Under the GDPR, there are limitations on collecting, processing, reviewing, and producing ESI that contains personal data. In the absence of a lawful basis for processing the ESI, or another specifically recognized legal reason, processing of such data is a violation of the law.
Data minimization is also a component of most data protection laws. This means that ongoing processing and retention of personal data should be limited to only what is reasonably necessary and established at the time of collection. Personal data should then be promptly destroyed; it should not be indefinitely preserved or retained.
How to Overcome Restrictions on Cross-border Data Transfers
There are several ways to overcome data privacy restrictions and enable cross-border transfers. These methods may be used individually or in combination with others depending on the restriction imposed or objection presented. It is important to note, however, that there are significant complexities to this area of law and practice, and experienced, qualified legal counsel should be consulted when faced with cross-border data transfers for the first time.
1. Removing Personal Data from Data Sets
First, if ESI does not contain personal data, it is generally outside the scope of data protection laws. In other words, if the ESI sought contains no personal data, either because none existed or the personal data has been removed, there is no legal restriction under a data protection laws like the GDPR preventing transfer of that ESI to the US. However, other superseding limitations on the transfer of that ESI may apply, including blocking statutes, state secrets laws.
Personal information can be removed from ESI in a few ways. The first is an agreement between the parties to strip all personal data of foreign data subjects from any information that will be transferred to the US. This can occur, for example, with data sets where any personal data is discretely separated, such as in structured data, and the fields containing personal data are simply not exported. However, too often personal data is integrated into the document set such that excising it would require altering the documents, which could raise issues of authentication and subsequently impact admissibility.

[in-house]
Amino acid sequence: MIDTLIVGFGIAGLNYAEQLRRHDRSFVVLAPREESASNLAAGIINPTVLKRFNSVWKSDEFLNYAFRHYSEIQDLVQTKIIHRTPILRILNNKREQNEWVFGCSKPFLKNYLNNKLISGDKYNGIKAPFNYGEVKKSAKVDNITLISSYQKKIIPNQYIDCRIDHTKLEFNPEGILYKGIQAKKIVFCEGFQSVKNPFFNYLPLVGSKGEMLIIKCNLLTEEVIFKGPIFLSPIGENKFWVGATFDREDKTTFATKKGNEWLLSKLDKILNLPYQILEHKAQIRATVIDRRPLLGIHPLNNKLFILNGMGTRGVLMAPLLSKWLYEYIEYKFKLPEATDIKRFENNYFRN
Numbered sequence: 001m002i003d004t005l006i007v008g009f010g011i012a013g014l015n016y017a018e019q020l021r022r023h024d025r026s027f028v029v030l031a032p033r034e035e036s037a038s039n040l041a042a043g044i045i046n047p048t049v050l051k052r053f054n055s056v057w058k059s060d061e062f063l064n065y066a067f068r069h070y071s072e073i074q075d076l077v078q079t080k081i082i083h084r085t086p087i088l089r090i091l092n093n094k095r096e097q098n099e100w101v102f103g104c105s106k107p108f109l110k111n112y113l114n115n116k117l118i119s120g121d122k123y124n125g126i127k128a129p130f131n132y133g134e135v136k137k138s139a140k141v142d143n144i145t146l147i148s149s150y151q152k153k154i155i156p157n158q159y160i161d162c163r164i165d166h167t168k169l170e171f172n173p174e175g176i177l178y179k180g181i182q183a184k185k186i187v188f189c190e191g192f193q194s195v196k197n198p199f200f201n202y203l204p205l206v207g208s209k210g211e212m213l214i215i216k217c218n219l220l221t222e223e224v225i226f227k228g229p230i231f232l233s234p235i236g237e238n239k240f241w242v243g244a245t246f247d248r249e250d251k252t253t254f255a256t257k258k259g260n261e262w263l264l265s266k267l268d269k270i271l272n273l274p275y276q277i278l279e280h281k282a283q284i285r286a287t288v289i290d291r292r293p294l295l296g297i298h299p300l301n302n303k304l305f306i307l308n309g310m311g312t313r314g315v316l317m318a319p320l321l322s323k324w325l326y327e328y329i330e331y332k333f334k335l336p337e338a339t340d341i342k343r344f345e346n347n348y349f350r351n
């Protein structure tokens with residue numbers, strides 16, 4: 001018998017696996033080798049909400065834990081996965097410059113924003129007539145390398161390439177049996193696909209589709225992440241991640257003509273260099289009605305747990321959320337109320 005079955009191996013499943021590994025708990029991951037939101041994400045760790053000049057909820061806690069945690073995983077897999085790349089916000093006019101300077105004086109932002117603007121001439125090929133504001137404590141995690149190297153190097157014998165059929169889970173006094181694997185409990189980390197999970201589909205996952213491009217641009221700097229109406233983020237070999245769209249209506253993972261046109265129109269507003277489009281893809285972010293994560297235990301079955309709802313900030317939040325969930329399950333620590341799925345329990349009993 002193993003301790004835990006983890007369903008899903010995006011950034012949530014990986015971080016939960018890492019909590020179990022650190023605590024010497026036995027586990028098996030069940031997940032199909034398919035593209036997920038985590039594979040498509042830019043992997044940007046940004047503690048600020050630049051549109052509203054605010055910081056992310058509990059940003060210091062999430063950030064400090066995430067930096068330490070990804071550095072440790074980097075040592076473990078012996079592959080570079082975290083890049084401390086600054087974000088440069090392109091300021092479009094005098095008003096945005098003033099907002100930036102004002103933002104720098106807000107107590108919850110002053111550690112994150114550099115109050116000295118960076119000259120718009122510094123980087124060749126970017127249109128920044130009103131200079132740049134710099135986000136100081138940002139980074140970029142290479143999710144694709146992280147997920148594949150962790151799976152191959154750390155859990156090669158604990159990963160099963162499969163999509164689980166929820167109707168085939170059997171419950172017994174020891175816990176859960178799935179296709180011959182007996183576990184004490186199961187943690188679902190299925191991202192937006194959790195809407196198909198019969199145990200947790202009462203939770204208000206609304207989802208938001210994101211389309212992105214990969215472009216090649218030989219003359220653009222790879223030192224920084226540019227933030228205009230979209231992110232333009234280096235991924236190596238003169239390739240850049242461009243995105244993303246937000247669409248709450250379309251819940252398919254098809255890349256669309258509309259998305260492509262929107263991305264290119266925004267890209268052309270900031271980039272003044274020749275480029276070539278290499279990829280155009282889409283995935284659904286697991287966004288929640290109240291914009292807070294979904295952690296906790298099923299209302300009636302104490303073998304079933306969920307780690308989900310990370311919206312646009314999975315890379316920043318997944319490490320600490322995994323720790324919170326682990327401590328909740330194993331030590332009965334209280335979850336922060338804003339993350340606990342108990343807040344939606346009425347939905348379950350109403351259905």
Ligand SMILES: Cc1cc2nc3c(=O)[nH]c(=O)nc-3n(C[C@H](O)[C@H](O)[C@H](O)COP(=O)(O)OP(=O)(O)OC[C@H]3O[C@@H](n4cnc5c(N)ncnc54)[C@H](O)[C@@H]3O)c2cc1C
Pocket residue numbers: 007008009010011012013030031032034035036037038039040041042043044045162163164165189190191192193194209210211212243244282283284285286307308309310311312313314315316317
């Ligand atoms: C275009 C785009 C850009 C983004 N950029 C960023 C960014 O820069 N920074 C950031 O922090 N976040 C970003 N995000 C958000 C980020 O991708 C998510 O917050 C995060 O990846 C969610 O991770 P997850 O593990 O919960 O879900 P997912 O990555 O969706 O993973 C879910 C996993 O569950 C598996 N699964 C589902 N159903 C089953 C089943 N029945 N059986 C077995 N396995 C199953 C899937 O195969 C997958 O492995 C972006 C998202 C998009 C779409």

The second option for removing personal data is to perform anonymization or deidentification on the data set to permanently hide all personal data of protected data subjects. This can generally be accomplished using redaction technology, but it can be expensive and would need to be performed prior to transferring the data to the US. Pseudonymization of personal data does not sufficiently cleanse a data set; it is merely considered one of many appropriate safeguards that can (or should) be used in the overall scheme of protecting personal data from unauthorized disclosure.
2. Consent of the Data Subject
Some jurisdictions permit transfers of personal data to the US based solely on consent of the individual. It is important to check with local counsel or data protection authorities for advice on a particular country. Individuals may consent to the processing of their personal data, but obtaining consent is no simple matter, and as such is a least preferred basis for processing.
To be effective, consent must be given freely, voluntarily, and knowingly; it cannot be coerced, even mildly, by an employer. Evidence of consent must be clear, and importantly, consent, once given, may be revoked. Where obtaining consent is not feasible, the party from whom documents are requested must at least disclose to affected persons that their personal information will be processed and possibly disclosed and offer such persons the opportunity to object.